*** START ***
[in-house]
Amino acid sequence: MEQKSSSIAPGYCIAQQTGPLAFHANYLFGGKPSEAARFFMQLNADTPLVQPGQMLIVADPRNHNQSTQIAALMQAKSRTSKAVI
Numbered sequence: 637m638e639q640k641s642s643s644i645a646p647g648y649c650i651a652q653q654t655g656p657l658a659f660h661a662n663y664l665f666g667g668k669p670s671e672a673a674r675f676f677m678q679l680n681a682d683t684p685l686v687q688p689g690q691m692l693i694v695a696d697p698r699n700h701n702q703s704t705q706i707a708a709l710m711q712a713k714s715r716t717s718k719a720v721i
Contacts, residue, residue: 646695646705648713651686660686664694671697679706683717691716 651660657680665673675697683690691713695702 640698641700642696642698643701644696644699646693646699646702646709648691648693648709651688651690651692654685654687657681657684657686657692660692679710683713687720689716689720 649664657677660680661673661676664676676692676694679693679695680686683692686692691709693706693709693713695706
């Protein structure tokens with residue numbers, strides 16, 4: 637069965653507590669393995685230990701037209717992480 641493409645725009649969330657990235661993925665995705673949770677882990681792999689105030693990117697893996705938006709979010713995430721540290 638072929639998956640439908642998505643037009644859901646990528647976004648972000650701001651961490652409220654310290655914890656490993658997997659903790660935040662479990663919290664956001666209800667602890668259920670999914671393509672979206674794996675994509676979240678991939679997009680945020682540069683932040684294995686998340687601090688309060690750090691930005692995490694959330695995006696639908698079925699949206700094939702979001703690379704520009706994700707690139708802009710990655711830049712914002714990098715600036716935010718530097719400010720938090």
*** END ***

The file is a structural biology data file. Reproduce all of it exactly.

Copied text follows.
[in-house]
Amino acid sequence: MEQKSSSIAPGYCIAQQTGPLAFHANYLFGGKPSEAARFFMQLNADTPLVQPGQMLIVADPRNHNQSTQIAALMQAKSRTSKAVI
Numbered sequence: 637m638e639q640k641s642s643s644i645a646p647g648y649c650i651a652q653q654t655g656p657l658a659f660h661a662n663y664l665f666g667g668k669p670s671e672a673a674r675f676f677m678q679l680n681a682d683t684p685l686v687q688p689g690q691m692l693i694v695a696d697p698r699n700h701n702q703s704t705q706i707a708a709l710m711q712a713k714s715r716t717s718k719a720v721i
Contacts, residue, residue: 646695646705648713651686660686664694671697679706683717691716 651660657680665673675697683690691713695702 640698641700642696642698643701644696644699646693646699646702646709648691648693648709651688651690651692654685654687657681657684657686657692660692679710683713687720689716689720 649664657677660680661673661676664676676692676694679693679695680686683692686692691709693706693709693713695706
């Protein structure tokens with residue numbers, strides 16, 4: 637069965653507590669393995685230990701037209717992480 641493409645725009649969330657990235661993925665995705673949770677882990681792999689105030693990117697893996705938006709979010713995430721540290 638072929639998956640439908642998505643037009644859901646990528647976004648972000650701001651961490652409220654310290655914890656490993658997997659903790660935040662479990663919290664956001666209800667602890668259920670999914671393509672979206674794996675994509676979240678991939679997009680945020682540069683932040684294995686998340687601090688309060690750090691930005692995490694959330695995006696639908698079925699949206700094939702979001703690379704520009706994700707690139708802009710990655711830049712914002714990098715600036716935010718530097719400010720938090």